Theresa May said today that Brexit would be delivered for “those whose voices for too long have not been heard”. There is a lot to say about this, but my first reaction is: “You have got to be joking.”
It’s become a cliche that Brexit voters are the “voiceless”. But that’s rubbish. The voices we are talking about have been heard very clearly. We could all, I think, repeat the script verbatim. We’ve heard it again and again on TV news vox-pops, reports from working men’s clubs, and from Nigel Farage on the radio and television for years and years. There are plenty of “unheard” voices in this country, but these are not among them.
But let’s take it at face value. If people really were hacked off with Westminster politics, and really cared about having their voices heard, they had a great opportunity to do something about that in 2011, when we had a referendum on proportional representation (in the form of AV, the alternative vote). That would have give smaller parties -- like UKIP and others -- a bigger voice.
But what happened? Nobody bothered to vote. Turnout nationally was just 42%. The lowest was in the North East, at just 38.8%. That region also had the lowest percentage of votes for a change to the system, with 28.05%. Just 212,951 people from an electorate of 1,968,137 voted to change the system which, supposedly, they hated so much. (All these figures come from the Wikipedia page about the election, which draw on government statistics.)
The voting patterns in the AV and the Brexit vote map onto each other pretty well: AV voters tend to be remainers, and FPTP enthusiasts Leavers. Northern Ireland, Wales, Scotland and Greater London voted for AV and Remain. In the North East and East of England, they tended to vote FPTP and Leave.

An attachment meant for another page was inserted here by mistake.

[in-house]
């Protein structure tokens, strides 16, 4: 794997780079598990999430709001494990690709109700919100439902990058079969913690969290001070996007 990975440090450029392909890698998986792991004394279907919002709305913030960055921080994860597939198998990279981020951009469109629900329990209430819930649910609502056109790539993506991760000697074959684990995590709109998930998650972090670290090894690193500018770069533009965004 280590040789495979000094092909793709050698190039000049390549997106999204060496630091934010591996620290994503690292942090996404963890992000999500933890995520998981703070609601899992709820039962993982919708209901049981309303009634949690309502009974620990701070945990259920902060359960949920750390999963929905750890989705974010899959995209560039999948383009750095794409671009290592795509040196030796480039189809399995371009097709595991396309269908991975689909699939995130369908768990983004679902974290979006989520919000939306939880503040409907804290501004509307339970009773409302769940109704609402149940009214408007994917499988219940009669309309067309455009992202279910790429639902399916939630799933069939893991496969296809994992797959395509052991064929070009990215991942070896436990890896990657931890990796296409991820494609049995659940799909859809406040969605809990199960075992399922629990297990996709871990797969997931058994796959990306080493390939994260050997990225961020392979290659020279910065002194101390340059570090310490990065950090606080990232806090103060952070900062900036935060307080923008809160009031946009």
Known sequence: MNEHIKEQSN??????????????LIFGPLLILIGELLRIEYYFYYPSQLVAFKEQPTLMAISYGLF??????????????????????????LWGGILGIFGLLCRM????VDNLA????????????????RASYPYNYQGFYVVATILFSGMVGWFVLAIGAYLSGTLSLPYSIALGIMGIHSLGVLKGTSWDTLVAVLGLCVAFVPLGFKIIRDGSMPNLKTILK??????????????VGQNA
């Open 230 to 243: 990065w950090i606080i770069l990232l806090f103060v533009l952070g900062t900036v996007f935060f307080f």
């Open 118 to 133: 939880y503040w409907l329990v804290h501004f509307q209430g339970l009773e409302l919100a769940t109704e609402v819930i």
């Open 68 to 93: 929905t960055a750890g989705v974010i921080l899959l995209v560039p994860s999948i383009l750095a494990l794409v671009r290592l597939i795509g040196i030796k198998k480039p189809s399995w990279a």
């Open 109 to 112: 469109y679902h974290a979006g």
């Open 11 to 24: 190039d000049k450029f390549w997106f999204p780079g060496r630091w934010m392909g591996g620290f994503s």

The people who complained in 2016 that their voices were not being heard were precisely who voted against their voices being heard in 2011.
What’s going on?
One thing that’s going on is that both the anti-AV and the Leave campaigns were run by Matthew Elliott, a bloke who is mixed up in all the shady right-wing think-tanks and pressure groups with mysterious funding, like Migration Watch and the Tax Payers’ Alliance. Both campaigns used the same tactics, targeting the same people with the same messages.
Here are some of the Facebook posters they ran in the AV campaign:
I’m sure I don’t need to point out the similarities with the Leave campaigns posters.
Did people really vote for FPTP and Leave because their voices were unheard? I’m sure some people did. But what do they want? More money for the NHS and army? I can think of policies that might assuage those concerns without causing wholesale disruption to the UK economy.
And if Theresa May really does want those voices to be heard, there’s an easy fix for that: change the political system, so that we have a wider range of voices in parliament.